Baptists and freedom

Discussion in 'General Baptist Discussions' started by nodak, Nov 3, 2011.

  1. nodak

    nodak
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    Don't want to hijack the thread re the founding fathers.

    I am reading up on history and find it fascinating that much that we take for granted governmentally was given to us by the early Baptists in this country.

    Soul freedom under the absolute Lordship of Jesus Christ makes for free, responsible citizens.

    It is interesting to see that without our early Baptists, especially those of Virginia, we might not be a democracy today.

    And I wonder, now that some Baptists substitute pastoral authority and elder rule for soul freedom and pure congregationalism, what the effect will be on the nation at large.

    What think ye?
     
  2. Crabtownboy

    Crabtownboy
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    Sad to say, but most modern day Baptist have no idea of their history. As a kid growing up Baptist in Virginia we were taught and reminded and taught and reminded how important our freedoms are and how we probably would not have had them without those early VA Baptists fighting and sacrificing and being persecuted to obtain them.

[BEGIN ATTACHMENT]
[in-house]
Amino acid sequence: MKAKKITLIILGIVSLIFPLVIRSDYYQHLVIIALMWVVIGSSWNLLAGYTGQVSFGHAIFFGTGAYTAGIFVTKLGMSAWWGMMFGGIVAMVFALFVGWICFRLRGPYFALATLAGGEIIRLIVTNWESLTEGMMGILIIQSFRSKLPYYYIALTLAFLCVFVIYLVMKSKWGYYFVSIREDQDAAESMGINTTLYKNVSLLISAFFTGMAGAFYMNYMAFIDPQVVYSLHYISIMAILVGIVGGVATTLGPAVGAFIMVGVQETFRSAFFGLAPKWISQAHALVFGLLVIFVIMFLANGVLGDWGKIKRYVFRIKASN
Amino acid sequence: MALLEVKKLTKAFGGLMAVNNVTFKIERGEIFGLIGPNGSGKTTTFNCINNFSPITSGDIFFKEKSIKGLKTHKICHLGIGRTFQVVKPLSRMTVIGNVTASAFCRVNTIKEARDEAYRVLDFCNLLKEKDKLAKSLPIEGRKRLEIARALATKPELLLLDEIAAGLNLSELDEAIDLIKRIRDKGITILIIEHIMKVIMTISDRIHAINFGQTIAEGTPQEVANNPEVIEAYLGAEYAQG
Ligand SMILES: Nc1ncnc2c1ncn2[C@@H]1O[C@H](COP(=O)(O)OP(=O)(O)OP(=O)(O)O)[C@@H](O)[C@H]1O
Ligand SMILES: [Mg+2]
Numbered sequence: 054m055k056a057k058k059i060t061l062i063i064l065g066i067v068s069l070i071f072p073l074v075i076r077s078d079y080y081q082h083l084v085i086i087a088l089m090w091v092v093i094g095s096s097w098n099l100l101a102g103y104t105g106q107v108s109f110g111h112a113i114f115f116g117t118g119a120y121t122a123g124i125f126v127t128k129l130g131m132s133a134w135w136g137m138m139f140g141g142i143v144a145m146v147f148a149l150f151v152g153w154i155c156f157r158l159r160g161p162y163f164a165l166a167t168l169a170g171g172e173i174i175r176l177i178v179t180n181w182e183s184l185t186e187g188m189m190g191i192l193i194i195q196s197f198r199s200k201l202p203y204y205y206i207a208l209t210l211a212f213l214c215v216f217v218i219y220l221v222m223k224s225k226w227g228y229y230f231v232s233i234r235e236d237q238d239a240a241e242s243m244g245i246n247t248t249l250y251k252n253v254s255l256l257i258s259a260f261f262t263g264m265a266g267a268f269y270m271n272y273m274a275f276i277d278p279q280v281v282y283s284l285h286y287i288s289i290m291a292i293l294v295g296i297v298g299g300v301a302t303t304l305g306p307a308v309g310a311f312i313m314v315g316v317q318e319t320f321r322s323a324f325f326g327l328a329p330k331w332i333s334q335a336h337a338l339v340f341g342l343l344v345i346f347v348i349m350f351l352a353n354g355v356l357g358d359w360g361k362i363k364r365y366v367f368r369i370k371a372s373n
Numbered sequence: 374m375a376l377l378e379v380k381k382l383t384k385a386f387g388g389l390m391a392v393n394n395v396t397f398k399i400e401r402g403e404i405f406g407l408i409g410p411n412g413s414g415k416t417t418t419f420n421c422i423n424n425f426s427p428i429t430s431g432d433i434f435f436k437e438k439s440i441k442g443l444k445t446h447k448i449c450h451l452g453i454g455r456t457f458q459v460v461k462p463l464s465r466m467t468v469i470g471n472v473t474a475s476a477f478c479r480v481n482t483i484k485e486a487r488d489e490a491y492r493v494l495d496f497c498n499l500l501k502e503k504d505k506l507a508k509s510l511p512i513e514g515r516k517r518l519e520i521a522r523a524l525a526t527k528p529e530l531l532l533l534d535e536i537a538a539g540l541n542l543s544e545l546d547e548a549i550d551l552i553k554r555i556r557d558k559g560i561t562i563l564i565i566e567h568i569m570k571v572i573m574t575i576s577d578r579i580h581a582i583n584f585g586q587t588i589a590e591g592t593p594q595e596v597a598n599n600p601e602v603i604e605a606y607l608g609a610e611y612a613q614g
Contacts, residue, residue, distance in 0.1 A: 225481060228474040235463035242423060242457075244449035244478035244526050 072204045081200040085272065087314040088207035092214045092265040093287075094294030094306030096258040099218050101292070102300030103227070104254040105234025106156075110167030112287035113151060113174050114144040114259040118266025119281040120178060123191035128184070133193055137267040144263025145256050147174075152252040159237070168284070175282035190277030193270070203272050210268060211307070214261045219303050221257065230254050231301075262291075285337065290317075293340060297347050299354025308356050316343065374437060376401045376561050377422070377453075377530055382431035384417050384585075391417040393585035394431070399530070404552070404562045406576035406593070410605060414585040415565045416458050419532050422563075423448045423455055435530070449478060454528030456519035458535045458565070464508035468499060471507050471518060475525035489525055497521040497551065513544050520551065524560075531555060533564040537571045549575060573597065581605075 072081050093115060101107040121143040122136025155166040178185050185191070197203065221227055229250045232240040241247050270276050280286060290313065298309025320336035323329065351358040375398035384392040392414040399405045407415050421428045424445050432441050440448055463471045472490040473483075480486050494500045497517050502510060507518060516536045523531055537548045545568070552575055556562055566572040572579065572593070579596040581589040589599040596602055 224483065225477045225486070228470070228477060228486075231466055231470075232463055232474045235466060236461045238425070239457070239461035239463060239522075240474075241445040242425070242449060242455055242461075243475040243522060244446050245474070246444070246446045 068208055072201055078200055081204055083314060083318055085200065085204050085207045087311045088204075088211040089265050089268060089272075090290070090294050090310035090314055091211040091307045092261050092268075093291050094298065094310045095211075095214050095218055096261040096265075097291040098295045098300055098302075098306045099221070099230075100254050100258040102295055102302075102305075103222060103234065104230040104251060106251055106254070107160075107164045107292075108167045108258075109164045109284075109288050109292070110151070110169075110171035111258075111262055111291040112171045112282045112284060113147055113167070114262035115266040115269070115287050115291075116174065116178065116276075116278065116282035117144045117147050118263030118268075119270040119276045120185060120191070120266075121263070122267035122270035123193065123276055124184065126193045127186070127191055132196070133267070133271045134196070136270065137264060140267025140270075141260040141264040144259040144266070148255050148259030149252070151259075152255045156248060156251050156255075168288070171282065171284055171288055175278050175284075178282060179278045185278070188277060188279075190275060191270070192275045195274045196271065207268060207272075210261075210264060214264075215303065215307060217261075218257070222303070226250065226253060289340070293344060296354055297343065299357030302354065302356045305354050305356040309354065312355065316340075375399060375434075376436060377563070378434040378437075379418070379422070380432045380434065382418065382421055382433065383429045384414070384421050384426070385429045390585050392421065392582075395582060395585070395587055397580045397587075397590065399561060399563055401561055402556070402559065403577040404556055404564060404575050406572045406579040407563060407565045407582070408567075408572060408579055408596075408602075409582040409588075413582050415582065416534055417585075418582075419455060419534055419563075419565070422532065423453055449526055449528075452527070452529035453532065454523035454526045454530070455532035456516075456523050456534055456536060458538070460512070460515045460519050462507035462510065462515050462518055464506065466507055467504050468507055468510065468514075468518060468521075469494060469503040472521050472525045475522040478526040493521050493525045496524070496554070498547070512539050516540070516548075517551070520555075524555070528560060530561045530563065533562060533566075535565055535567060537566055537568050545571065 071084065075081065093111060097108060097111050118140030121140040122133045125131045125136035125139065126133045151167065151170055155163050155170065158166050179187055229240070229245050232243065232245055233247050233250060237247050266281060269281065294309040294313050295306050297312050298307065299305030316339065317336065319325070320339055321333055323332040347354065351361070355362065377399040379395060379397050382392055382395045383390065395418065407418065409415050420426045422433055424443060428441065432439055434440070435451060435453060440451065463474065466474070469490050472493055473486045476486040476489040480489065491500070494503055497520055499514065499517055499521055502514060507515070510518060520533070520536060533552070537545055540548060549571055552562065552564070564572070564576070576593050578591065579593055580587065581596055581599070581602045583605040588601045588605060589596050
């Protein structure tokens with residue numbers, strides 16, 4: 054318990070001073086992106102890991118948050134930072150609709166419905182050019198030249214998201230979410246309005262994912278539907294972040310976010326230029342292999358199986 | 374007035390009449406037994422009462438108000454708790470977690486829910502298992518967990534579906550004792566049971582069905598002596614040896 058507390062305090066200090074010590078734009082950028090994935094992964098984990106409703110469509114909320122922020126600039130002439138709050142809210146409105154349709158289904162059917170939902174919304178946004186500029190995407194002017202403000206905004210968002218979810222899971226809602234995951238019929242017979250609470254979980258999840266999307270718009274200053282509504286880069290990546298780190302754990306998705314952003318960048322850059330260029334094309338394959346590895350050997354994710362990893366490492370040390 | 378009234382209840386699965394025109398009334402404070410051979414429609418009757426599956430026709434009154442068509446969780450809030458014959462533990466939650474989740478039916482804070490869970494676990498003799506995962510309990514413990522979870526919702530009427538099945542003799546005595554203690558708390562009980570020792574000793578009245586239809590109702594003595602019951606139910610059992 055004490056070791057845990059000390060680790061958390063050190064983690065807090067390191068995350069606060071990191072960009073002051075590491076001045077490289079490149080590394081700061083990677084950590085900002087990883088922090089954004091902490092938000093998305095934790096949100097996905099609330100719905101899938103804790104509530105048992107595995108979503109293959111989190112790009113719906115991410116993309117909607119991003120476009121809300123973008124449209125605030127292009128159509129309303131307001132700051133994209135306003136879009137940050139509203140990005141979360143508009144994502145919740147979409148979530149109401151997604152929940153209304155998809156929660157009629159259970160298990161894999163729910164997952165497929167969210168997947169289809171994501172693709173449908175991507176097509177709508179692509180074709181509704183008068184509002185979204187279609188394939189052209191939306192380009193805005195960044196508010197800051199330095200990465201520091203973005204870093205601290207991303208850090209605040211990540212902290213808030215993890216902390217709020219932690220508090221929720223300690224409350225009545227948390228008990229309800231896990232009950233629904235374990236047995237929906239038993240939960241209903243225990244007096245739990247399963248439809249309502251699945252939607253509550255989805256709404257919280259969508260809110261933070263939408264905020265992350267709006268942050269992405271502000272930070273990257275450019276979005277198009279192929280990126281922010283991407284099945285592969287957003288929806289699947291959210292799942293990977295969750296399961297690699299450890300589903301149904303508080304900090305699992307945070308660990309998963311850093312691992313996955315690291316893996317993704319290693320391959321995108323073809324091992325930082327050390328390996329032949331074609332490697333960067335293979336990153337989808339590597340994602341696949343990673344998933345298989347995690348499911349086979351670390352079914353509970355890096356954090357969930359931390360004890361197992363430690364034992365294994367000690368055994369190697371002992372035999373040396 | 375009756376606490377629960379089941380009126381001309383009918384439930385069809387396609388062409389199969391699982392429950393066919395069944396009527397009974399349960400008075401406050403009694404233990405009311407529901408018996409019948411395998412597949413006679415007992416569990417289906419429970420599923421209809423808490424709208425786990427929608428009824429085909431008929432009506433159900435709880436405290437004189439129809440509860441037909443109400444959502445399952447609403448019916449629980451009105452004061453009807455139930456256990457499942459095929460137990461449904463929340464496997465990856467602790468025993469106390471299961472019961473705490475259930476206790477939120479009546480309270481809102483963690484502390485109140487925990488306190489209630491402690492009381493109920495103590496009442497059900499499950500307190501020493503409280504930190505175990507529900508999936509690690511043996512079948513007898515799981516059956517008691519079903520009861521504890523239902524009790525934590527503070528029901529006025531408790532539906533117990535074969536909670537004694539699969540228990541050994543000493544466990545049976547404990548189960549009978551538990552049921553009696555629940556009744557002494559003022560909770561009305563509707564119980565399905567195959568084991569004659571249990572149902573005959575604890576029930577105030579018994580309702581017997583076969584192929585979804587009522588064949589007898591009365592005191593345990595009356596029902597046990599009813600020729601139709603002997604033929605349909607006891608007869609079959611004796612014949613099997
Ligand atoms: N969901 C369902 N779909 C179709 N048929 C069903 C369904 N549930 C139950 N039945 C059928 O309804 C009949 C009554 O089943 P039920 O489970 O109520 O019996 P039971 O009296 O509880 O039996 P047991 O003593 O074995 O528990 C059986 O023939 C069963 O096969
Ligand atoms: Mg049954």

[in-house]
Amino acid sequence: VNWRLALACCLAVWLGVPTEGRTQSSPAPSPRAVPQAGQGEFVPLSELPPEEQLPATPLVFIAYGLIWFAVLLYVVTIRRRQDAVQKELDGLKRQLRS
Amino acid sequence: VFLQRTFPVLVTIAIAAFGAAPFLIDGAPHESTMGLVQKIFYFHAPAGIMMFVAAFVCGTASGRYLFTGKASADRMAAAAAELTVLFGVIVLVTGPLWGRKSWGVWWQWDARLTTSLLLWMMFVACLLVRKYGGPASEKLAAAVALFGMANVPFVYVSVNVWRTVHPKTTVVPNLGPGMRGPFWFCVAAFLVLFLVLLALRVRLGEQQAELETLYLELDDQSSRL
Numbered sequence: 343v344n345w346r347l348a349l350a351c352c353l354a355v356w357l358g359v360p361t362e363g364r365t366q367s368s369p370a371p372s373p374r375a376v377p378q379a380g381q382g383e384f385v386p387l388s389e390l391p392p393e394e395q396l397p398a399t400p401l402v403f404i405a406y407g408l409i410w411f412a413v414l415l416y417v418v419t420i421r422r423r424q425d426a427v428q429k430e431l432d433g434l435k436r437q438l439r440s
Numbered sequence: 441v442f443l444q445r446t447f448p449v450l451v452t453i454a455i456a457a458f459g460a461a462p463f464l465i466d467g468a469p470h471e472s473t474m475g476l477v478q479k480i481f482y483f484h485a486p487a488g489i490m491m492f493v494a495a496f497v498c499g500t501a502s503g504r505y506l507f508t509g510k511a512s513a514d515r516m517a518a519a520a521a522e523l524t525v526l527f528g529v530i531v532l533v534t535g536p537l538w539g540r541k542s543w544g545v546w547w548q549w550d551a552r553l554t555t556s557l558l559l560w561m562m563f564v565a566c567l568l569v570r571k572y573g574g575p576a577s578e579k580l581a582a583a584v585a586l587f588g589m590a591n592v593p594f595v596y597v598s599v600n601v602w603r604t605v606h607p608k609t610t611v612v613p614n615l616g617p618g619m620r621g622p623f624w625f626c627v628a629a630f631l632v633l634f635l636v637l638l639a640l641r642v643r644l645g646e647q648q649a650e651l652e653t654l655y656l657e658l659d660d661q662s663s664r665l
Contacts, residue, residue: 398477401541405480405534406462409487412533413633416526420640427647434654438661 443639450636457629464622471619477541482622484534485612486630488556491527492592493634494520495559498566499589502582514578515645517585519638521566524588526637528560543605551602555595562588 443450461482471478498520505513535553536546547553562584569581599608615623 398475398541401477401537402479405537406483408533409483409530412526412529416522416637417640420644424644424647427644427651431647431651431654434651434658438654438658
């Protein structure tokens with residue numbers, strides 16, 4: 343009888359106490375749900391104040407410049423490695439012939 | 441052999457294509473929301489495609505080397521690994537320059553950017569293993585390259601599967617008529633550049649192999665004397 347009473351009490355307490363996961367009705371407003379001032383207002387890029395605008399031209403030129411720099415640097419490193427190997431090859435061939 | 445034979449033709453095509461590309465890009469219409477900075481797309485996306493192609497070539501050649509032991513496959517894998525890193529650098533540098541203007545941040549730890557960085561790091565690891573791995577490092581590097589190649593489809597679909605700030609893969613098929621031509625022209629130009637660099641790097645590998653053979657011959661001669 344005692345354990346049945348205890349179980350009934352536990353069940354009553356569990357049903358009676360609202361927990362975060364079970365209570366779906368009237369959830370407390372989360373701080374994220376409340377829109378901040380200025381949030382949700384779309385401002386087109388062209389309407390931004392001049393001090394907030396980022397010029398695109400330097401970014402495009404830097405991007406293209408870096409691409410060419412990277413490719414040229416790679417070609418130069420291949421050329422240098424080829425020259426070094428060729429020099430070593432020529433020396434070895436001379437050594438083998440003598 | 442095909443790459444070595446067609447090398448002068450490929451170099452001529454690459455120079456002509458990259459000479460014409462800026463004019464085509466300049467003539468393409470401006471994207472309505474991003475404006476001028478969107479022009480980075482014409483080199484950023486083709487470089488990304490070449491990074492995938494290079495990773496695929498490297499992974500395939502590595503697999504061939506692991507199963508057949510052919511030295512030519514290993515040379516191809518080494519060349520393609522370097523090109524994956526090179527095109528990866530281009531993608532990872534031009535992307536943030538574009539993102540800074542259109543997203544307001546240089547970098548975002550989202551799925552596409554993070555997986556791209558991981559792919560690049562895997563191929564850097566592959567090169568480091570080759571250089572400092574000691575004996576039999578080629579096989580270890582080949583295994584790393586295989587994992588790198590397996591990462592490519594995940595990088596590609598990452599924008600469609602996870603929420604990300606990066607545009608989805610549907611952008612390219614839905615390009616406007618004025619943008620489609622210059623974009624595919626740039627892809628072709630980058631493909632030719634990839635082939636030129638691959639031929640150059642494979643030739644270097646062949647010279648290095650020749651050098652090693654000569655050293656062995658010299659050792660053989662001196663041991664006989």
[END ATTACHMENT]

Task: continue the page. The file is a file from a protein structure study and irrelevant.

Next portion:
I have become convinced that many who call themselves Baptist are Baptist in name only. To me this included much of the SBC. I am not sure about independent Baptists as I have not had much contact with them personally. However, from what I have seen on this BB, if it is representative of independents as a whole, they also are much like the SBC as far as being Baptist.

    I believe we all should know more about our Baptist history ... and, yes, that includes me.



     
  3. HAMel

    HAMel
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    Most modern folks in our society today have been completely convinced that Freedom evolved much like the fish what came out of the water and continually evolved until one day he drove his Escalade to Hardee's for a hamburger. Much like Websters Unabridged Dictionary came together after an explosion in a printers shop.

    Baptist history is a topic I know very little of myself.

    Would you recommend a good source? I'm interested.
     
  4. Crabtownboy

    Crabtownboy
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    I am sure there are others on the BB that can provide you with better information than I. But here is a start of places online you can gain knowledge on Baptist History:

    http://www.baptisthistory.org/bhhs/

    http://www.civilwarbaptists.com/

    http://www.baptisthistory.org.uk/basicpage.php?contents=quarterly&page_title=Baptist Quarterly
     
  5. Ruiz

    Ruiz
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    I am mixed on the early Baptists during the Revolutionary War.

    First, I was a Pastor of a Church in Virginia founded by one of the men you guys are praising. Yes, there is much to praise and i respect them in many ways. The founding pastor where I served was beaten, imprisoned, and was defended in the court of law by the famous Patrick Henry. They truly did live what they preached.